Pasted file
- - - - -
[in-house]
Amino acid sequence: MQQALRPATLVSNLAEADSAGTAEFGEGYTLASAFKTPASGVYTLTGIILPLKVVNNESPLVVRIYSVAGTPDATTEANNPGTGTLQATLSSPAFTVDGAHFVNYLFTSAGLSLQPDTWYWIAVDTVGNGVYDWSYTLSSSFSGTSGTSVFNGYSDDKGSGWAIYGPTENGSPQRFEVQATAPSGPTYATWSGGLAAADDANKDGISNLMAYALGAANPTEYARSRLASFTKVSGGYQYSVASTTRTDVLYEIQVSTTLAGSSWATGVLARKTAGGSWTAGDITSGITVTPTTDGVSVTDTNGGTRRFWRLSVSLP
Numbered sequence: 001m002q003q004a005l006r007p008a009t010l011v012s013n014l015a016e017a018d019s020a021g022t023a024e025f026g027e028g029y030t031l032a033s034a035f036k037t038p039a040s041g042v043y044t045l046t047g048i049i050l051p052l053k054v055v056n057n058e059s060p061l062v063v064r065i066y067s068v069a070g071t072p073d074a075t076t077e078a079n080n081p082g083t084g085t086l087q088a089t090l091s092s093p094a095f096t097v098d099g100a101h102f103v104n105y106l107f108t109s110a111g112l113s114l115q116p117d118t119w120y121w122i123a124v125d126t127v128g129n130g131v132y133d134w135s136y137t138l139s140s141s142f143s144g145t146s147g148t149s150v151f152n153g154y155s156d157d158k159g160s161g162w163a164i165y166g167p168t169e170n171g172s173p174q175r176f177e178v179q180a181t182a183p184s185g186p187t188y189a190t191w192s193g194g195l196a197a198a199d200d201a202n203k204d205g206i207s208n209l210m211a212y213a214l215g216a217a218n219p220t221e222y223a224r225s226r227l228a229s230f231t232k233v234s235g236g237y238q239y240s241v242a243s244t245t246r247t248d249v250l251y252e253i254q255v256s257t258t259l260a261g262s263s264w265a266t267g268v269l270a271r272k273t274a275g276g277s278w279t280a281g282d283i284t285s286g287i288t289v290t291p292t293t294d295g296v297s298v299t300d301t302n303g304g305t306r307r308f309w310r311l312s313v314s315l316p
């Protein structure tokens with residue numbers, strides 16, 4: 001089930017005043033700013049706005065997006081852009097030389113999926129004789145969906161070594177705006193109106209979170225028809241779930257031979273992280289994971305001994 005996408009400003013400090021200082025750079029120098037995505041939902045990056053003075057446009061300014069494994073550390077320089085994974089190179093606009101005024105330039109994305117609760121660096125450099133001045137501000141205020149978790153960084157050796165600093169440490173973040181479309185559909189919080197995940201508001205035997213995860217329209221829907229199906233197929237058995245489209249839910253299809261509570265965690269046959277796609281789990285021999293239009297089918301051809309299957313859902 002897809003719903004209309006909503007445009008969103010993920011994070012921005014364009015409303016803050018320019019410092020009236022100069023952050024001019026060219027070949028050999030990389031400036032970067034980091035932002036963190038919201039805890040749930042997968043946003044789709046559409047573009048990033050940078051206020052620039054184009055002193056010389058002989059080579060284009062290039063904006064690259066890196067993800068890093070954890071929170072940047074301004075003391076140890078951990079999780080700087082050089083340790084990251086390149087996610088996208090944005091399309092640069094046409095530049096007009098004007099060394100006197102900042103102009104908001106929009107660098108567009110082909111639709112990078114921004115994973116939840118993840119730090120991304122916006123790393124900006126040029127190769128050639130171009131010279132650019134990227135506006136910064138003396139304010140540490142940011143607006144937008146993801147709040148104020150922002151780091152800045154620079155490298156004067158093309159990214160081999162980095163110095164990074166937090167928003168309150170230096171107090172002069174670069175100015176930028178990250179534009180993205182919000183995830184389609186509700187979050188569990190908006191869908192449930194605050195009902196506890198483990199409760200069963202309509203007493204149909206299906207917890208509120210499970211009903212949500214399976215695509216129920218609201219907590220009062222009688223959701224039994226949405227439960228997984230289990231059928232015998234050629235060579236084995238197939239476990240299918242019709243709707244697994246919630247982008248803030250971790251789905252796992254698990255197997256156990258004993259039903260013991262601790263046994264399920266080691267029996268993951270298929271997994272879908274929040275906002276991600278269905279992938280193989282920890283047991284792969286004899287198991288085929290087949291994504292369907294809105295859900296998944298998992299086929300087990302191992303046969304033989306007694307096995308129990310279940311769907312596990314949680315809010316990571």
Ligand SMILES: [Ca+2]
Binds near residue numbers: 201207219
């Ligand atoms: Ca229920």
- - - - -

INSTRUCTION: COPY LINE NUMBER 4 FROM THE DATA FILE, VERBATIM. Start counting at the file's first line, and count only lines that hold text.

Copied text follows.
């Protein structure tokens with residue numbers, strides 16, 4: 001089930017005043033700013049706005065997006081852009097030389113999926129004789145969906161070594177705006193109106209979170225028809241779930257031979273992280289994971305001994 005996408009400003013400090021200082025750079029120098037995505041939902045990056053003075057446009061300014069494994073550390077320089085994974089190179093606009101005024105330039109994305117609760121660096125450099133001045137501000141205020149978790153960084157050796165600093169440490173973040181479309185559909189919080197995940201508001205035997213995860217329209221829907229199906233197929237058995245489209249839910253299809261509570265965690269046959277796609281789990285021999293239009297089918301051809309299957313859902 002897809003719903004209309006909503007445009008969103010993920011994070012921005014364009015409303016803050018320019019410092020009236022100069023952050024001019026060219027070949028050999030990389031400036032970067034980091035932002036963190038919201039805890040749930042997968043946003044789709046559409047573009048990033050940078051206020052620039054184009055002193056010389058002989059080579060284009062290039063904006064690259066890196067993800068890093070954890071929170072940047074301004075003391076140890078951990079999780080700087082050089083340790084990251086390149087996610088996208090944005091399309092640069094046409095530049096007009098004007099060394100006197102900042103102009104908001106929009107660098108567009110082909111639709112990078114921004115994973116939840118993840119730090120991304122916006123790393124900006126040029127190769128050639130171009131010279132650019134990227135506006136910064138003396139304010140540490142940011143607006144937008146993801147709040148104020150922002151780091152800045154620079155490298156004067158093309159990214160081999162980095163110095164990074166937090167928003168309150170230096171107090172002069174670069175100015176930028178990250179534009180993205182919000183995830184389609186509700187979050188569990190908006191869908192449930194605050195009902196506890198483990199409760200069963202309509203007493204149909206299906207917890208509120210499970211009903212949500214399976215695509216129920218609201219907590220009062222009688223959701224039994226949405227439960228997984230289990231059928232015998234050629235060579236084995238197939239476990240299918242019709243709707244697994246919630247982008248803030250971790251789905252796992254698990255197997256156990258004993259039903260013991262601790263046994264399920266080691267029996268993951270298929271997994272879908274929040275906002276991600278269905279992938280193989282920890283047991284792969286004899287198991288085929290087949291994504292369907294809105295859900296998944298998992299086929300087990302191992303046969304033989306007694307096995308129990310279940311769907312596990314949680315809010316990571």